"Her success swept aside everything in its path previous standards of excellence were rendered suddenly moot by the entrance of someone so uniquely gifted, so inspired in her art that all others were dwarfed by comparison There had not been so stunning a debut in popular music since Elvis Presleys, but unlike Elviss, Arethas art was wrung from experience, as intuitive as her apprehension of that experience might be." [It should be pointed out here that Ive Never Loved a Man the Way I Love You - the album Guralnick is talking about - was not Arethas "debut," since shed already released at least nine albums nobody much cared for]. Guralnick describes an Aretha concert as good things "sandwiched between equally convincing moments of silliness and self-consciousness, pretense and stiltedness, that seemed as out of place then as they do today in so commanding a performer." "Her work, too, alternated between the stripped-down and the overladen.. her earliest tendencies toward the sentimental and the overblown continued to find expression there have been occasions when she has done little more than show off the purely technical aspects of her voice, treated songs more as vocal exercise than as opportunities for emotional engagement. At the same time Aretha has created a body of work, a thoroughly inconsistent [italics mine] body of work that is inimitable in a far deeper way. For Aretha has fashioned as ambitious and intimate an oeuvre as exists within the framework of the popular song."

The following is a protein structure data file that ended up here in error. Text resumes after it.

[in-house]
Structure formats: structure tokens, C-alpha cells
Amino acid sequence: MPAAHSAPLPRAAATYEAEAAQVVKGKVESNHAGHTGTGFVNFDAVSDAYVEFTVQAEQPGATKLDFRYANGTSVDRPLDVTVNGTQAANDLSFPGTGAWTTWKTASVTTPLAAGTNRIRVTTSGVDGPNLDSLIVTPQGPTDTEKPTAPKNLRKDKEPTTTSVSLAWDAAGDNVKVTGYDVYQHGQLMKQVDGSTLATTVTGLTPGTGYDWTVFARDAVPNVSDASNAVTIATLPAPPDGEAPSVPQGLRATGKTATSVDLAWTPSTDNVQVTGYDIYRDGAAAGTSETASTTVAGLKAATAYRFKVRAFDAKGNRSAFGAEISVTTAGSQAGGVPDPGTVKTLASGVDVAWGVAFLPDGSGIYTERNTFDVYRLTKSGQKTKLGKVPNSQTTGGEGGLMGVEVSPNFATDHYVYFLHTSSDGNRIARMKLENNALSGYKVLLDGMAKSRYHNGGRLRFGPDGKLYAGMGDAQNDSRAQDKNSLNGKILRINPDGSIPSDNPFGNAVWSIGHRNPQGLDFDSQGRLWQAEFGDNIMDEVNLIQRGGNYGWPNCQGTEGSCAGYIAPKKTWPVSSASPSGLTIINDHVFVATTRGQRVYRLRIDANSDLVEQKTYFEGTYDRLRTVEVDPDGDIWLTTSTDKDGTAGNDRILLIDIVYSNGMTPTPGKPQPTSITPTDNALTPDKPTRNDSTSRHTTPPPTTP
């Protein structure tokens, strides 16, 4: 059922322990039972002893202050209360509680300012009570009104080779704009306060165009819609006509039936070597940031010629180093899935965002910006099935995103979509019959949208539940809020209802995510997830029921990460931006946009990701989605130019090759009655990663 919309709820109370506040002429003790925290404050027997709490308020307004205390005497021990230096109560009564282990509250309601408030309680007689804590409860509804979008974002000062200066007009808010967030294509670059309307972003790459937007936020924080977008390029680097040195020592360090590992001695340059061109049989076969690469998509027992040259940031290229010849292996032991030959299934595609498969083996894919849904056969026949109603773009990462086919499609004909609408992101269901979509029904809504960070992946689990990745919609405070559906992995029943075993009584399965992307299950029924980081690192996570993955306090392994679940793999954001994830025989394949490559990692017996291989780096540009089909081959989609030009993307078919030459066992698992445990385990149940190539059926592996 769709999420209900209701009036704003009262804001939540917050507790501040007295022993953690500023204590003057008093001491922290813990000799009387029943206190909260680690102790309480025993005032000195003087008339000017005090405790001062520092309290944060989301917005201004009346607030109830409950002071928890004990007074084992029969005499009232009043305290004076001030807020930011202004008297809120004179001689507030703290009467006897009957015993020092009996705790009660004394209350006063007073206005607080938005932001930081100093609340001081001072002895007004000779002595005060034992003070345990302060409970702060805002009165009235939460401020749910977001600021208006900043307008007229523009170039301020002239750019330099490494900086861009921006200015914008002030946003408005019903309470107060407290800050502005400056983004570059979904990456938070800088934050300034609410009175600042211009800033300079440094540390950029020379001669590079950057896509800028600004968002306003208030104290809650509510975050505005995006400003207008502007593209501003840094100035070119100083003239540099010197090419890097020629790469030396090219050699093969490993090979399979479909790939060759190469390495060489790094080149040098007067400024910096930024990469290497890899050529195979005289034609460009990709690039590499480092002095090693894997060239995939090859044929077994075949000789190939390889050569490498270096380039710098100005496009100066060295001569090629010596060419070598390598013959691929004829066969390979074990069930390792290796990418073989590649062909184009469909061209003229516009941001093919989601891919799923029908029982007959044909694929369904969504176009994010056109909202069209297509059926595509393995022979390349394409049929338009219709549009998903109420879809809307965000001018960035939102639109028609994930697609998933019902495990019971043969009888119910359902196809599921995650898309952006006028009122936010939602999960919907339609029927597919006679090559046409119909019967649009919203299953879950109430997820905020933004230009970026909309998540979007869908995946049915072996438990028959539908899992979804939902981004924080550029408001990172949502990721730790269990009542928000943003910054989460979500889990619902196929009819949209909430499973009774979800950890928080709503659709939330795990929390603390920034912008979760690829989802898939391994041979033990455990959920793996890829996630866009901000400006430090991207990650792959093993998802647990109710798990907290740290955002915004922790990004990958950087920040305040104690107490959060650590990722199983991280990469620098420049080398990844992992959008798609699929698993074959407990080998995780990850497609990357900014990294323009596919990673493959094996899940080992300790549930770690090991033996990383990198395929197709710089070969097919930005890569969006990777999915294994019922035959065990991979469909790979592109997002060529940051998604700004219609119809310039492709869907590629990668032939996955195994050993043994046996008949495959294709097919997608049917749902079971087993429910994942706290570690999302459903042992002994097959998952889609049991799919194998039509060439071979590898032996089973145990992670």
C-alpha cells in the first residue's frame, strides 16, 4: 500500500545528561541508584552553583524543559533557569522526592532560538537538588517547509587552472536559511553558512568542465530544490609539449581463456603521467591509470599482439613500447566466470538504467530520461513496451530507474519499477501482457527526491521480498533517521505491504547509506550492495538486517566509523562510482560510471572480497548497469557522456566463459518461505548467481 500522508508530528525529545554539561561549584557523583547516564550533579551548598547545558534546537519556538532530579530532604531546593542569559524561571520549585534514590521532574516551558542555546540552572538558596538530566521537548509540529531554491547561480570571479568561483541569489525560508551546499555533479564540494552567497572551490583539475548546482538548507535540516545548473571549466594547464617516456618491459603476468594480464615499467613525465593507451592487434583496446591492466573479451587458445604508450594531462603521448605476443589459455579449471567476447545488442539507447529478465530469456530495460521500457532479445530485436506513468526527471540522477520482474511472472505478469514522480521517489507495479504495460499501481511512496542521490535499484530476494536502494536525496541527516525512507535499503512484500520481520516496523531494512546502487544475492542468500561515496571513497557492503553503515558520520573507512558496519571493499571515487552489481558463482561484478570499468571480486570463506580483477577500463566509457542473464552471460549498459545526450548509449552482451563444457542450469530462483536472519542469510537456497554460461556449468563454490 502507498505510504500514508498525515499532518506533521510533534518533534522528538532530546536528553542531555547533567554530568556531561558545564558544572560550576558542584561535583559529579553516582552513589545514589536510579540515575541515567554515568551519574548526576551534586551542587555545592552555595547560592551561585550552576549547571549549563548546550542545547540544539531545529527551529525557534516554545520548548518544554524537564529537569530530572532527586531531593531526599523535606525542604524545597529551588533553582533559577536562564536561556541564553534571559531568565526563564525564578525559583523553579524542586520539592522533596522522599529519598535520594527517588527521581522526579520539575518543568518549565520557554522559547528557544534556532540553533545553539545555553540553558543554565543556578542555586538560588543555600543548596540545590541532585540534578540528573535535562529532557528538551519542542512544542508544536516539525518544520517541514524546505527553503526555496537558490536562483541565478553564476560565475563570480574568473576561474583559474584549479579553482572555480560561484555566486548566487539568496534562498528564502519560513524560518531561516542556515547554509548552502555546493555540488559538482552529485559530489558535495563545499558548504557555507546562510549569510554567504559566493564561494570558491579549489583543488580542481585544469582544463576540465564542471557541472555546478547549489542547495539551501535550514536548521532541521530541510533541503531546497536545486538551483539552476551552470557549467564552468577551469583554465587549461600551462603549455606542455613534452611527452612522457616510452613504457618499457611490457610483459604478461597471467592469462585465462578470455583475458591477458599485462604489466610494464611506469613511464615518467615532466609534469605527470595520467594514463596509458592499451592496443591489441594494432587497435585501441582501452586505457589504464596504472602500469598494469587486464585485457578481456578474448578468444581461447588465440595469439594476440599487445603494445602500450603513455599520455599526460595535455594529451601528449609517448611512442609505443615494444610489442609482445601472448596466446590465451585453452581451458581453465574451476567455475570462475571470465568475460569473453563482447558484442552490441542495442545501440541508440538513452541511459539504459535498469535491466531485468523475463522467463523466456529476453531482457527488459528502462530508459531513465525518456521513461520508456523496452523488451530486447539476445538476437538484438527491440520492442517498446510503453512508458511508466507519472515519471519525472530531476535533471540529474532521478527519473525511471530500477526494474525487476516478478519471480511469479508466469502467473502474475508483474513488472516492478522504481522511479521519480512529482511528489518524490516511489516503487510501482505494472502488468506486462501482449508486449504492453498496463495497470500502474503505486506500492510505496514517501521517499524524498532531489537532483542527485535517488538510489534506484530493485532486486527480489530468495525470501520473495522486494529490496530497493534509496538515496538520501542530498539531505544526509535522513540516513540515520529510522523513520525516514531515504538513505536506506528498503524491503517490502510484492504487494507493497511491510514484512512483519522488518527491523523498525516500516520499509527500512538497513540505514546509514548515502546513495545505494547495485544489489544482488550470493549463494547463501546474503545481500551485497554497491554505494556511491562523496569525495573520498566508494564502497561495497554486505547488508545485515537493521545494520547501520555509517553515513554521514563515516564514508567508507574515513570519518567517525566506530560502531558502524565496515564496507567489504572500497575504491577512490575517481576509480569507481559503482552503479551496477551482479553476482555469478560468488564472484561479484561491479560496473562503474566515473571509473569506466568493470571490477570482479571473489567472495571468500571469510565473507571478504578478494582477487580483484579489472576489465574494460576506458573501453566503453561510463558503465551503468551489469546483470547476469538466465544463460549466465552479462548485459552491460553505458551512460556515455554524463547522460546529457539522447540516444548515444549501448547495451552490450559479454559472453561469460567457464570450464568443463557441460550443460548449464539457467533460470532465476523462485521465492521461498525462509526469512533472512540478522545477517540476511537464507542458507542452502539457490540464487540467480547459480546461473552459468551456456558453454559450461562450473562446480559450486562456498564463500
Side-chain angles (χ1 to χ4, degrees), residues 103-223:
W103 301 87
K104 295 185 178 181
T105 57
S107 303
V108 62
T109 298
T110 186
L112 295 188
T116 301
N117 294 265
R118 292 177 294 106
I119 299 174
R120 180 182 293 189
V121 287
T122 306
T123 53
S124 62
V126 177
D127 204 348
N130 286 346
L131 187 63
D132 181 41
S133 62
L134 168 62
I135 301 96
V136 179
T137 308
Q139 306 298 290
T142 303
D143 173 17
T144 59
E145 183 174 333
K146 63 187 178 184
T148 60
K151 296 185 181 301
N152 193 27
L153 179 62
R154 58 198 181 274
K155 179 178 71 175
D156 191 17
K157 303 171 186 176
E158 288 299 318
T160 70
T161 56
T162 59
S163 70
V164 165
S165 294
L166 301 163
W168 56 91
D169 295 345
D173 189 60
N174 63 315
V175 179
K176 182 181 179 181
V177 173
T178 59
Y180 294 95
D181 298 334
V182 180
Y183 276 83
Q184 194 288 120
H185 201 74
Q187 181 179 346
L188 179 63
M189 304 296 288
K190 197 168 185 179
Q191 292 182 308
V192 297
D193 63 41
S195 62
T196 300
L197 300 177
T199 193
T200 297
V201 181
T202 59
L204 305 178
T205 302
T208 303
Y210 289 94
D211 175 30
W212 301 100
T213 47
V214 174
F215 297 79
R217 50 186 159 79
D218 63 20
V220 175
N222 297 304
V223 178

The two funniest lines are the ones about the "thoroughly inconsistent body of work that is inimitable" and the garbled thinking in Arethas "intuitiveness" of her apprehension of experience. I dont mean to knock Peter Guralnick: his book Sweet Soul Music (Harper Perennial-1986) is a classic documentation. But there are many other singers to admire more: Otis Redding and his whooping F Troop calvary charges into adversity; Janis Joplins harrowing intuitions of a not very kind universe; Smokey Robinsons falsetto grace and lulling beauty; Grace Slicks chewing up and spitting out of words with a writers inspirational subtlety and big picture meaningfulness; and Mick Jaggers hard work in pulling something from an absolutely tonal nothing, are a few "for instances." If there isnt much text in a pop artists style, we should hope that the artists style creates a text which doesnt seem the case with Arethas art. Aretha has added very little of importance to her oeuvre since 1974. No doubt she would have been a much more personable performer if shed had the ambition to become her own songwriter. But hiring producers, year after year, to write or arrange an album of good tunes, when they havent even proven they can do it for themselves, is obviously going to have limitations. Shes been called a genius. I dont see it, but The Queen of Soul boxed set makes me think that I might be wrong.